Monday, September 2, 2019

Vermouth in the Kitchen

For years the main reason I had a bottle of vermouth to hand was principally for cooking with, generally Noilly Prat or Dolin Vermouth de Chambéry. Both are dry vermouth's, and I'd happily substitute either into a recipe that called for dry sherry, Marsala, or even dry white wine. They're not interchangeable, but they have enough in common not to be totally incongruous when they're swapped around. I'm certainly not going to open a bottle of dry sherry if I've got Vermouth on the go and vice versa.

Partly because I saw it primarily as a useful ingredient, but also because of an occasional prejudice against sweeter drinks, I sort of assumed I would only like dry white vermouth which meant years of missing out on the Rosso's which it turns out I love - but have a different role in the kitchen.

It's a dry French vermouth that would go into a classic sort of Martini, it also works really well with tonic water and a wedge of lemon for a lighter alternative to gin and tonic. It's worth trying with soda water if you want to reduce the sugar content as well as the alcohol. It's pretty good neat too - Jack Bevan recommends Nocellara olives and a slice of lemon on the side with Noilly Prat.

Again, before reading 'A Spirited Guide to Vermouth' I hadn't considered drinking it with tonic or soda as a long drink, but it was a happy discovery. The perfect spritzy drink for the cook who forgets vital ingredients half way down a G&T, and can't be trusted with a sharp knife by the 3/4 mark (which would be me).

I'm currently playing around with a bottle of Belsazer's summer edition reisling based vermouth (it has a pineapple flavour which makes it unlike anything I've ever encountered before. It's a sweeter Vermouth than I'd normally buy (this is down to 'A Spirited Guide...' as well, it sounded so intriguing it was the one bottle I had to try). I think it would be excellent instead of Sherry in a trifle - its flavour profile would add something really interesting, so that might be a plan for the end of the bottle.

Diana Henry talks a bit about how chicken loves alcohol in 'A Bird in the Hand' and how we haven't really been in the habit of considering alcohol as a store cupboard staple for cooking with. We probably should though. It's an easy and quick way of making a simple, in this book chicken, dish into something luxurious (she gives an excellent set of guidelines for this). A good dry vermouth is just as handy when it comes to fish, and has its place with pork too. If a bottle wants finishing (but before it's gone to far over it's best - if you wouldn't drink it with pleasure don't cook with it) There are worse places for it to end up in than a gravy.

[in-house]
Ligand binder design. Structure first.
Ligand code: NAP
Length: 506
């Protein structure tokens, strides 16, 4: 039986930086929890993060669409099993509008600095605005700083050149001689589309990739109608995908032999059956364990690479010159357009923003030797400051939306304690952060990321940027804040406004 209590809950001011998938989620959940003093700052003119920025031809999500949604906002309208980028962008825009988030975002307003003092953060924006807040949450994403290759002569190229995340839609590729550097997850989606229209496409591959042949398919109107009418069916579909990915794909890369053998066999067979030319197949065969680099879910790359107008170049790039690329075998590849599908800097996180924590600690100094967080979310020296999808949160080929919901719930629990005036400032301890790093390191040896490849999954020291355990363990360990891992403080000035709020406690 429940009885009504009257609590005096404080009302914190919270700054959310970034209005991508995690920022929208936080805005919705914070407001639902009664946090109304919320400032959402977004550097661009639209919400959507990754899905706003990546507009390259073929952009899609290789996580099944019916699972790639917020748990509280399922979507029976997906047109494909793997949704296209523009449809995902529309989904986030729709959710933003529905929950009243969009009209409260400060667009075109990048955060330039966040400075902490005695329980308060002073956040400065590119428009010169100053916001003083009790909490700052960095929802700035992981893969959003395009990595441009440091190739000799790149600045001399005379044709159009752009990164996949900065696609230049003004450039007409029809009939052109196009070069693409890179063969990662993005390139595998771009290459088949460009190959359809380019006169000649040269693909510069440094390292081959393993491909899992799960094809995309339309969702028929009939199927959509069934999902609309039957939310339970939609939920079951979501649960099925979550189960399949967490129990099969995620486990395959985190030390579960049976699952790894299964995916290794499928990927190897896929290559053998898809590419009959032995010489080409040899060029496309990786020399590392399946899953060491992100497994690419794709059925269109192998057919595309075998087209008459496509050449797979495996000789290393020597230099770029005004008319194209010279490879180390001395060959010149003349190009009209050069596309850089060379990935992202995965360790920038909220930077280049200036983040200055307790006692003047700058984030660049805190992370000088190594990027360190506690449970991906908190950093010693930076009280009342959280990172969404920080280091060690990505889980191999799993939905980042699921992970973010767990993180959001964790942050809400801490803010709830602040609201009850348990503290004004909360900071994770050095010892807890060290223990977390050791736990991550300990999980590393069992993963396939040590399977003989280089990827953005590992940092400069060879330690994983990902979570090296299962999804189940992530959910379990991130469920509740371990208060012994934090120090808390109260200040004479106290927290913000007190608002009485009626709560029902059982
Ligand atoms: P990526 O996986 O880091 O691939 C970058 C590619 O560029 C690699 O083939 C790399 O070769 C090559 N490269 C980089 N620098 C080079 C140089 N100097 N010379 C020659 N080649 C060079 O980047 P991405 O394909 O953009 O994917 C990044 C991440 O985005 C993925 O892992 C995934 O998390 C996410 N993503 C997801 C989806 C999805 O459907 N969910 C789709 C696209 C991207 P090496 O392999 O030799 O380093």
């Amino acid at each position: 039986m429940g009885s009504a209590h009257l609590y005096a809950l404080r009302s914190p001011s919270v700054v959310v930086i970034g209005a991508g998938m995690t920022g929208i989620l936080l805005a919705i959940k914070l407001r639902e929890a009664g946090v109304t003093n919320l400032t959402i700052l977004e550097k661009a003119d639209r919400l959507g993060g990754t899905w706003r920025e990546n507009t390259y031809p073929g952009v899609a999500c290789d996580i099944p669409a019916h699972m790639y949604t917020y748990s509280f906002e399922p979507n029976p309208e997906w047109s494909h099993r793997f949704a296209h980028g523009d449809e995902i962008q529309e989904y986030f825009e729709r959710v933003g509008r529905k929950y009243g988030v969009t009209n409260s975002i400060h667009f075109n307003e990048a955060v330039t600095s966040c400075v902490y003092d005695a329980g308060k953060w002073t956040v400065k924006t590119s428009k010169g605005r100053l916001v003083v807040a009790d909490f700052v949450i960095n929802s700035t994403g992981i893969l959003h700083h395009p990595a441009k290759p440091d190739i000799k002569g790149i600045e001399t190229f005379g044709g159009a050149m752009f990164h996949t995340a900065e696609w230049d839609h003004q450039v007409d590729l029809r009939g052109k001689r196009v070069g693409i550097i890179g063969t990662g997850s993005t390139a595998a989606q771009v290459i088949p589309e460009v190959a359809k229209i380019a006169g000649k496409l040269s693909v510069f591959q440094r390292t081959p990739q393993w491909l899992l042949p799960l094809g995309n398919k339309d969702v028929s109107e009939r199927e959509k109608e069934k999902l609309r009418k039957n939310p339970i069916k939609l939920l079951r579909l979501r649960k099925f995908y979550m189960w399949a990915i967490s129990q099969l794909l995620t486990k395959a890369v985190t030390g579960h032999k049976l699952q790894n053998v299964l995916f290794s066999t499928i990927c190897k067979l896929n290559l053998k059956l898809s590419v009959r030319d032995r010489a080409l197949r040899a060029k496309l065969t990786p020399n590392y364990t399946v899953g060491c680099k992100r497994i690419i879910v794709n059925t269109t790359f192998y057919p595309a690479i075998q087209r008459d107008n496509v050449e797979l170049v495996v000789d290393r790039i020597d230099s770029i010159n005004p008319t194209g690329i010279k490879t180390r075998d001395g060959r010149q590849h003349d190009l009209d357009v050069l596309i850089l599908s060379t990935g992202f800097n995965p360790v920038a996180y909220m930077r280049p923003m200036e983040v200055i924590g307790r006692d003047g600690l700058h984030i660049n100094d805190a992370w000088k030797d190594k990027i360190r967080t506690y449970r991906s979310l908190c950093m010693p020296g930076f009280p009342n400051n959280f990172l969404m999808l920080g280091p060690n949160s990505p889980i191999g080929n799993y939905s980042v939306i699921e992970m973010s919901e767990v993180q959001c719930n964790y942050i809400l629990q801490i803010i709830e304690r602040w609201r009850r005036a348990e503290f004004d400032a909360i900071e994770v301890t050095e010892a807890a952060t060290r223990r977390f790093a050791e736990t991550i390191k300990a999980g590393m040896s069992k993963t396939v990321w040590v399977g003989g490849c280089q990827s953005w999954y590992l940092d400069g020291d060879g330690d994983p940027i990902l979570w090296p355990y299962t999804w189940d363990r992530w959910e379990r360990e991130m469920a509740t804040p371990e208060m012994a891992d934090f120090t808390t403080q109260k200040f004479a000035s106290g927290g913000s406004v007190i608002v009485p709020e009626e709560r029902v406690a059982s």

1. "The perfect spritzy drink for the cook who forgets vital ingredients half way down a G&T, and can't be trusted with a sharp knife by the 3/4 mark (which would be me)."

    And me! This is a Diana Henry book that I don't own simply because I don't eat much meat and I can't buy just two chicken thighs or legs or wings which would be all that I could cope with, as well as having a tiny fridge in my tiny kitchen. I do like the idea of it though. I used to use Marsala for cooking in the days when I was a housewife - things always tasted better with a spoonful or two of it in the dish.

    1. That's one of the reasons I am really grateful to have a market on my doorstep. I can buy 2 rashers of bacon or a couple of chicken wings if that's all I want. It's cheap, there's minimum of packaging, and I don't waste anything. It's brilliant! I agree that A Bird in the Hand is more useful if you have a few people to cook for! The only way I get through a bottle of vermouth/dry sherry etc fast enough is if I use it for cooking with as well.